New S&P Crypto Indexes and Digital Based Bond Offerings Emerge
Banks Can Move More Aggressively into CryptoJuly 27, 2021
BankerAdvisor recently asked if cryptocurrencies were becoming a mainstream asset class.
Now, two subsequent developments – the S&P Dow Jones Indices plan to launch three new crypto indexes and multiple digital bond issuances on blockchain platforms — signal more important new changes in perception, adoption and application of digitizing markets.
The net effect could help banks and their customers move more aggressively into the crypto market.
First Digital Bond on Ethereum
First, the European Investment Bank (EIB), the lending arm of the European Union, launched a the first ever digital bond on the Ethereum platform. Goldman Sachs, Banco Santander SA and Society Generale AG serve as joint managers.
The EIB said it believes using digital platforms may reduce the number of intermediaries and fixed costs while increasing transparency and settlement speeds.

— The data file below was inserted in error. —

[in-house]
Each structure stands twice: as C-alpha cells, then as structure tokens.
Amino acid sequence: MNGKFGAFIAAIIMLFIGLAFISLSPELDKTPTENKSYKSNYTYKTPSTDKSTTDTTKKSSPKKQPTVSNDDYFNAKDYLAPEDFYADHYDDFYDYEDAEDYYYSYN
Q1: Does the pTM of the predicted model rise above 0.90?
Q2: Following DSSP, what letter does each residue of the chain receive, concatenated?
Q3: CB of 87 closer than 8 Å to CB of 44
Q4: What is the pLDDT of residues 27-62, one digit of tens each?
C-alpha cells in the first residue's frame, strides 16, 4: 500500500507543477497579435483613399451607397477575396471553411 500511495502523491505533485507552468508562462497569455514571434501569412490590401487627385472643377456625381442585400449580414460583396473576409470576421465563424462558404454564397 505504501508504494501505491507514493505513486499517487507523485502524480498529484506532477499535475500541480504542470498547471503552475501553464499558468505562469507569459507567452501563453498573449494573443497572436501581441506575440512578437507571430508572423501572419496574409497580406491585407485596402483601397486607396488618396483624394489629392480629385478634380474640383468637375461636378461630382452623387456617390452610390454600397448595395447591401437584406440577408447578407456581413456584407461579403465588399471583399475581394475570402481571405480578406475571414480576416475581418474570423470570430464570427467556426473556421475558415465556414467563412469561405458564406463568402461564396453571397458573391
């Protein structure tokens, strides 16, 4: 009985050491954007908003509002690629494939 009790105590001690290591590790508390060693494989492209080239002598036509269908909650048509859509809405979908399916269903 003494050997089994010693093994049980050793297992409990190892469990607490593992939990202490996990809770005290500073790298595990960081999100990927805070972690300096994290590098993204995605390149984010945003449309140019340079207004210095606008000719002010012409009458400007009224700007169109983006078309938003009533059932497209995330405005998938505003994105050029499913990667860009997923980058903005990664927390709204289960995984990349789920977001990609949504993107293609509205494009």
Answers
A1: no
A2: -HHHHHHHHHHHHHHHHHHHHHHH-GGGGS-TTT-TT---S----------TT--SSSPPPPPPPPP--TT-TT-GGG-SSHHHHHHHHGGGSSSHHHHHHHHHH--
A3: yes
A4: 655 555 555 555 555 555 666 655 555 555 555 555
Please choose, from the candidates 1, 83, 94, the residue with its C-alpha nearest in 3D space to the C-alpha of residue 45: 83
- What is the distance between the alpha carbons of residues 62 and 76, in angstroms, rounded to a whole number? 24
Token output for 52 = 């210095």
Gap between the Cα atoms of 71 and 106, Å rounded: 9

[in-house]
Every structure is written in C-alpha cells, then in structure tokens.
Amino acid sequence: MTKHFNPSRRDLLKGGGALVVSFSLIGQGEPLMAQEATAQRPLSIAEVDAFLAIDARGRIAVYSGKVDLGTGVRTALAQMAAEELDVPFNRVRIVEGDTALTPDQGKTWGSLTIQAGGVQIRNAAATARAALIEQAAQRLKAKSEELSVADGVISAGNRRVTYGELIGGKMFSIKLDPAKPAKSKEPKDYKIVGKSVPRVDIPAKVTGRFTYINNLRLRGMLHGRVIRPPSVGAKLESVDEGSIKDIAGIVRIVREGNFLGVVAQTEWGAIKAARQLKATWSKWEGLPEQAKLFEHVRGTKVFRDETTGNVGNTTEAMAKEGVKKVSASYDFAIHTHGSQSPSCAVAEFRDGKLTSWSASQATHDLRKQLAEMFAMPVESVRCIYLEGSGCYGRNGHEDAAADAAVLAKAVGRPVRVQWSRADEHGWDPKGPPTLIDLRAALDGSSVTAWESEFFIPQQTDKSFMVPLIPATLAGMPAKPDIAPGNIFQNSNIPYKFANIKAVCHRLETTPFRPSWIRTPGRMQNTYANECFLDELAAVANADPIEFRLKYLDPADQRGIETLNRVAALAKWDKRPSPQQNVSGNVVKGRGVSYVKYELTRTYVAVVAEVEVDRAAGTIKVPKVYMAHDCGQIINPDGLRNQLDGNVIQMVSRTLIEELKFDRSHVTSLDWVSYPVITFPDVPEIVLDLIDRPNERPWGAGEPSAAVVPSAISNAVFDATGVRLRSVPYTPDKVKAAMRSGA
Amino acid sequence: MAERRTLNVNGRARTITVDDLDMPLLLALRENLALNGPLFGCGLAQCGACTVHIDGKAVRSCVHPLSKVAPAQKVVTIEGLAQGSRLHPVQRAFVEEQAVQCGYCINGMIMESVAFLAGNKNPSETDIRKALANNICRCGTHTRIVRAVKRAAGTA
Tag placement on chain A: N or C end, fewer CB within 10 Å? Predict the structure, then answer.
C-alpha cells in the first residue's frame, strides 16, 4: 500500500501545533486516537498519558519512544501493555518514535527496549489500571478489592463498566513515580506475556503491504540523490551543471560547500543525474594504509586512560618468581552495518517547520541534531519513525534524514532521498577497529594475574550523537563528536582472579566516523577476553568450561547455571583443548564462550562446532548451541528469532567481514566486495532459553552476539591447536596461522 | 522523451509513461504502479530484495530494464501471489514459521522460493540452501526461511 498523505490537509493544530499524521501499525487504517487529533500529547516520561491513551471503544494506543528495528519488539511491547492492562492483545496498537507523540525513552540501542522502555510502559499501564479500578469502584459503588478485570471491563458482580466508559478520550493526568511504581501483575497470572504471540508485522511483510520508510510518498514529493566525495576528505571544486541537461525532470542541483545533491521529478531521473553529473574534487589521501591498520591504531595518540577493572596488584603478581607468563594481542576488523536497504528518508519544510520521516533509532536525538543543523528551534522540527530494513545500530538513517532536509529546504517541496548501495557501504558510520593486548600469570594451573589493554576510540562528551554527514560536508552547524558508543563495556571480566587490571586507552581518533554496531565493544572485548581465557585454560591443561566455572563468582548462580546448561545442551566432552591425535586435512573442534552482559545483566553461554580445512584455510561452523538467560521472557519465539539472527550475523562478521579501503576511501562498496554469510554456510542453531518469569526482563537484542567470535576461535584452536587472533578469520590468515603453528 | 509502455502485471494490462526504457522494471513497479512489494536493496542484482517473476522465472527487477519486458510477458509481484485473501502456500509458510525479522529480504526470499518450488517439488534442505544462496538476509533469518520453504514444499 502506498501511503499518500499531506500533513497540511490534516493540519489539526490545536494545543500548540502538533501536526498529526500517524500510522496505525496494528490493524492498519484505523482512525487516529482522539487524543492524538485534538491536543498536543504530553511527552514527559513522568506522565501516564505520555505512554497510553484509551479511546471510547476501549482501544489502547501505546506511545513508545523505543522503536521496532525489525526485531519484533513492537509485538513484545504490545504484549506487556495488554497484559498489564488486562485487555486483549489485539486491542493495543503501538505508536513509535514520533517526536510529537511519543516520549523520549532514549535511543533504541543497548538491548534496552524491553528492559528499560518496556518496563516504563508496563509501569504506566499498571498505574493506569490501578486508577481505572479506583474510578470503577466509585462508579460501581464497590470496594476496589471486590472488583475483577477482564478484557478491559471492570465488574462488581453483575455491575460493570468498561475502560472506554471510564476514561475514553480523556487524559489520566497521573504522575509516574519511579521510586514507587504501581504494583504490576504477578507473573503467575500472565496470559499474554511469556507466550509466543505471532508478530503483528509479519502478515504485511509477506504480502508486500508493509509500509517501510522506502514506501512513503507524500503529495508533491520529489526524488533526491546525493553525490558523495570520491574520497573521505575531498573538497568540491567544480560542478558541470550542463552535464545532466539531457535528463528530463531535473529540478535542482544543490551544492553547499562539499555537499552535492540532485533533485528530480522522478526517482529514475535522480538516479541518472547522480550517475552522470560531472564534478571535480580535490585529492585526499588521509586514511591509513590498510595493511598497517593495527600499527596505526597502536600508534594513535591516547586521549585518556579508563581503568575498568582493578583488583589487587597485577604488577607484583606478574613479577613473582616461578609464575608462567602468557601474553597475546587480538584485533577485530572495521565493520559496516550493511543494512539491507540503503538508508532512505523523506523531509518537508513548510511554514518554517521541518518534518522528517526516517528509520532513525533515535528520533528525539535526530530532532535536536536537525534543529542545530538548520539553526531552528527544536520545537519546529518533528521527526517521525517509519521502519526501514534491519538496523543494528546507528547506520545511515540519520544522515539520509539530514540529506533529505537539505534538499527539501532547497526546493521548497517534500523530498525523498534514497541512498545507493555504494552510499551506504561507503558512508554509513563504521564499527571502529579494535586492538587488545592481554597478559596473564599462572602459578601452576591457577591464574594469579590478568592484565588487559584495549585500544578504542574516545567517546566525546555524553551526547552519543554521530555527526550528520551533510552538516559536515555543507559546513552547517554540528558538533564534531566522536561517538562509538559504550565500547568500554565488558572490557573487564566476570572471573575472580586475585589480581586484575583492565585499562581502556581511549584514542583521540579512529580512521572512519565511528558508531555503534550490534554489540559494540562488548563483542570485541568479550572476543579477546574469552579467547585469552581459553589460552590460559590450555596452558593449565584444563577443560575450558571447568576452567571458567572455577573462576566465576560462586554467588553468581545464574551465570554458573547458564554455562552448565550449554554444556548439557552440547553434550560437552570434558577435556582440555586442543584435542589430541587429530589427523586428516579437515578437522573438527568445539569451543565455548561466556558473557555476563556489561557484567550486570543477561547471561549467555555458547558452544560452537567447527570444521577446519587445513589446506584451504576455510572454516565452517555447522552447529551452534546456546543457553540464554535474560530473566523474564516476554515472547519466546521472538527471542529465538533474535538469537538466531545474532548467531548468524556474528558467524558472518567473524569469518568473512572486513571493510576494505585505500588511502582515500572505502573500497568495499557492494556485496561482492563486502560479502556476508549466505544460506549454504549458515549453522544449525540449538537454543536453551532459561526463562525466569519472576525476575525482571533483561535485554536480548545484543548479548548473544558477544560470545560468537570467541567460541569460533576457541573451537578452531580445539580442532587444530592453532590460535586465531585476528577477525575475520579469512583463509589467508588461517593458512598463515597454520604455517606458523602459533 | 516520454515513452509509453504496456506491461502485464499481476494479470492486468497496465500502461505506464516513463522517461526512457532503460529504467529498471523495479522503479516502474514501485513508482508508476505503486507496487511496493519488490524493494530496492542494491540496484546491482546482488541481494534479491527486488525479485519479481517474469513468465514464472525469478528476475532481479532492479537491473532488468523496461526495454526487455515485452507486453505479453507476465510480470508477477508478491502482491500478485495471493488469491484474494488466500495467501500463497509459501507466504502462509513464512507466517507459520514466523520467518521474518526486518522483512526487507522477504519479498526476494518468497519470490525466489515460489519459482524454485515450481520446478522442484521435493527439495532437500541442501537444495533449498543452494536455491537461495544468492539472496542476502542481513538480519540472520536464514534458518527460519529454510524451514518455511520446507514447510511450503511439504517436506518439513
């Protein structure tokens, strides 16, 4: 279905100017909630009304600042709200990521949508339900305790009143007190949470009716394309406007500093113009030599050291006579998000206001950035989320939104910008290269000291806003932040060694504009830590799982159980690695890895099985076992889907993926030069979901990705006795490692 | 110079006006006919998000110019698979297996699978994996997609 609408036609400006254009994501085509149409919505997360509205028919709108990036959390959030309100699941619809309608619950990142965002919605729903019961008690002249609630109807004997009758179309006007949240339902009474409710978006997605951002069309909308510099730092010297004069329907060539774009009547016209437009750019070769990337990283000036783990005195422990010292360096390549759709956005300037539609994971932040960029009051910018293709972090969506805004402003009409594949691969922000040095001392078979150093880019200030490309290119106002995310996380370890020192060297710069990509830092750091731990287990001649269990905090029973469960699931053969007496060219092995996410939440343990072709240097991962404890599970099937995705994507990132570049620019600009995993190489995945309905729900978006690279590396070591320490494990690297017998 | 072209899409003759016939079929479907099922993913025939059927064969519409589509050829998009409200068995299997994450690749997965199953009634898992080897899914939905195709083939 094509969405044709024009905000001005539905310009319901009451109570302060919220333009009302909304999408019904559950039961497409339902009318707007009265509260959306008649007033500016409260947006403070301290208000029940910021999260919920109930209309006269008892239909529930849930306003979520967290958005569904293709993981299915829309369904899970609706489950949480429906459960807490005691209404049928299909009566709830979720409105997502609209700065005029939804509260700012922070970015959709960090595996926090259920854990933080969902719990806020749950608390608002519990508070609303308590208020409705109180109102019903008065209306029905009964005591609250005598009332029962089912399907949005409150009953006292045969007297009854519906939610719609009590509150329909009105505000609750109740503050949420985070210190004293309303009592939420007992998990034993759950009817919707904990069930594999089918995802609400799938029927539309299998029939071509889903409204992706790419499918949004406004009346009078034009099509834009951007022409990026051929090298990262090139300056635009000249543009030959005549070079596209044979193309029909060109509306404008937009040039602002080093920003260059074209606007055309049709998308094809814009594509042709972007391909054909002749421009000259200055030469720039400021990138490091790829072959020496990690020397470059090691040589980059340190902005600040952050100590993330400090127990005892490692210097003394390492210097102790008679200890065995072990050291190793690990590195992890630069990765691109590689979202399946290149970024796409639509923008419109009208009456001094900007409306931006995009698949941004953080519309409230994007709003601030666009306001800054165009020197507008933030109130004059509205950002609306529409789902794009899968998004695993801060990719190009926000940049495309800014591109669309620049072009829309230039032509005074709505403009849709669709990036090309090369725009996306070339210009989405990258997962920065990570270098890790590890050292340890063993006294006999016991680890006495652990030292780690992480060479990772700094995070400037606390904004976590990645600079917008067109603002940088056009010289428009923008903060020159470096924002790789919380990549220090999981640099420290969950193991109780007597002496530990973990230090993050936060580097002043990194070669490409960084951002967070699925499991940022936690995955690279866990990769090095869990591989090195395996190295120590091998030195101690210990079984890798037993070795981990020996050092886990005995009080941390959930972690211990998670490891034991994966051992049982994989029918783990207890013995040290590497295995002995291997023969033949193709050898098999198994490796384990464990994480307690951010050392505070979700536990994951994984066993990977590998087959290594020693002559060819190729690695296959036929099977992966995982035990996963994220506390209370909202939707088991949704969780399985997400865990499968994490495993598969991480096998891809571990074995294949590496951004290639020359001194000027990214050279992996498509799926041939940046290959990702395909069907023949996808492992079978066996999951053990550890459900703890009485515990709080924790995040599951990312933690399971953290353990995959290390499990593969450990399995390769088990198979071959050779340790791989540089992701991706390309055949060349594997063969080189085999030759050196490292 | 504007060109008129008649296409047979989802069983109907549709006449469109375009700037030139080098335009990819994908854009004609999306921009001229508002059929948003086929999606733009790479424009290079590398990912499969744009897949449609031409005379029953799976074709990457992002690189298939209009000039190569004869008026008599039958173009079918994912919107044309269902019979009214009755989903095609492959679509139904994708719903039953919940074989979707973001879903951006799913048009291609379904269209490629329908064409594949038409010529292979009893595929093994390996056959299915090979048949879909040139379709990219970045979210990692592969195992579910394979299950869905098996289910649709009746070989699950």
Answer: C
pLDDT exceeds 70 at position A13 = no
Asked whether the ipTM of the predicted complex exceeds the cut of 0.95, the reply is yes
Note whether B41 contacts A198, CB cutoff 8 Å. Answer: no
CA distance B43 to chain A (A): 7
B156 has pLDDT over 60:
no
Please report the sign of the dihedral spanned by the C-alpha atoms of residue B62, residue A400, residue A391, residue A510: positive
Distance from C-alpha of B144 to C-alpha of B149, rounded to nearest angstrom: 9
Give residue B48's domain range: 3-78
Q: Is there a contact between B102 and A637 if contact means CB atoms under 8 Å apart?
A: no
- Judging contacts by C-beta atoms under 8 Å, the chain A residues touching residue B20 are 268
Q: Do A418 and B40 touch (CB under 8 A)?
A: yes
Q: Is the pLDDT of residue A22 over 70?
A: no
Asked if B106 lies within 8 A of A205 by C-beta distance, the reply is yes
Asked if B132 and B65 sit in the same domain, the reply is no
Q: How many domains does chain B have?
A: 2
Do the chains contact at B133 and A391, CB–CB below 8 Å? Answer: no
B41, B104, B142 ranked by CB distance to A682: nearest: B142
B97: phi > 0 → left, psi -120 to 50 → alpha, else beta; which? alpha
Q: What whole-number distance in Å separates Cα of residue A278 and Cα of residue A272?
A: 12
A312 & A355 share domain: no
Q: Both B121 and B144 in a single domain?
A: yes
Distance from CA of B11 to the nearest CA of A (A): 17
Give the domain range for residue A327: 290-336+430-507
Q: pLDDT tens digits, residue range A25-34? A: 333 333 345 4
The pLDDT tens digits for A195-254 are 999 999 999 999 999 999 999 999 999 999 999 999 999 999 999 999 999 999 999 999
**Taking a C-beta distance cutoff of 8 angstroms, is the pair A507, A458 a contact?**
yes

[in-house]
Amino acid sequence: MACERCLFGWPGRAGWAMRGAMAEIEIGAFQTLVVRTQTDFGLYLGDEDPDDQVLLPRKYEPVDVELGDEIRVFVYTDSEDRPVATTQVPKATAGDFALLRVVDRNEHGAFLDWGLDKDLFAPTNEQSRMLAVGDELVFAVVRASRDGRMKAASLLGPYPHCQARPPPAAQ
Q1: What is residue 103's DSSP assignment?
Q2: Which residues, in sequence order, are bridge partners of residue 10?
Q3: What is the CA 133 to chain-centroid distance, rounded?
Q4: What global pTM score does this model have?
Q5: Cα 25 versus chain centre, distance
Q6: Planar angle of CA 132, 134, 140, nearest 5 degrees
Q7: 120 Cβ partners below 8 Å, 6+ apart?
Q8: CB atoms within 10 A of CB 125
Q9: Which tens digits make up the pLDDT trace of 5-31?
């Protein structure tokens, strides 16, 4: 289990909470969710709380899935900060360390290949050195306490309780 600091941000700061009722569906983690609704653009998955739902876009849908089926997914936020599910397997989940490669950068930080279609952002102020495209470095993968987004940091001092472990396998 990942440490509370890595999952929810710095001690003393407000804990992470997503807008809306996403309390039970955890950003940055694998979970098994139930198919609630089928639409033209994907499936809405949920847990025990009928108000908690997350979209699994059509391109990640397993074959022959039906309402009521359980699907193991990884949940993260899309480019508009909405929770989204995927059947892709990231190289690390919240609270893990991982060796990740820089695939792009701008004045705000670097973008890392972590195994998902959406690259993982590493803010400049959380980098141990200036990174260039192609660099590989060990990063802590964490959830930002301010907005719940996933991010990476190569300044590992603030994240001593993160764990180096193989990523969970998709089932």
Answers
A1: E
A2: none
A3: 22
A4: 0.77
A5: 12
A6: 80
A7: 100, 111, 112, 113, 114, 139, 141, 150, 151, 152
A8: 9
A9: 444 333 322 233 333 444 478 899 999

Some analysts added that the applications of distributed ledger technology such as blockchain, as well as artificial intelligence and cloud computing, can potentially alter the lifecycle of bonds from issuance to trading to settlement.
S&P’s Three Crypto Indexes
S&P Dow Jones Indices, the firm behind the Standard & Poor’s 500 index of the 500 largest publicly-traded companies in the US, said it was launching three new crypto indexes: The S&P Bitcoin Index, the S&P Ethereum Index and the S&P Cryptocurrency MegaCap Index, which tracks both Ethereum and Bitcoin.
As the S&P is widely thought of as the best gauge of large capitalization US equities with many funds designed to track the performance of the S&P, the announcement is significant for the development of new offerings and may speed banks entry into crypto markets and the development of new products. Banks, for example, could use these indexes to build exchange traded funds, derivates and structured products tied to the price of the underlying asset or index.
The index would also allow banks to offer clients exposure to crypto assets without having to store the crypto.
The S&P DJI also said it would be considering a broader set of indices but wanted to start with those with the most liquid and recognized assets by institutions.
Like the S&P 500, which is not an exact list of the top 500 US companies by market cap and includes tech firms and financial businesses, crypto indexes could have a similar representative makeup, if not exact lists of assets.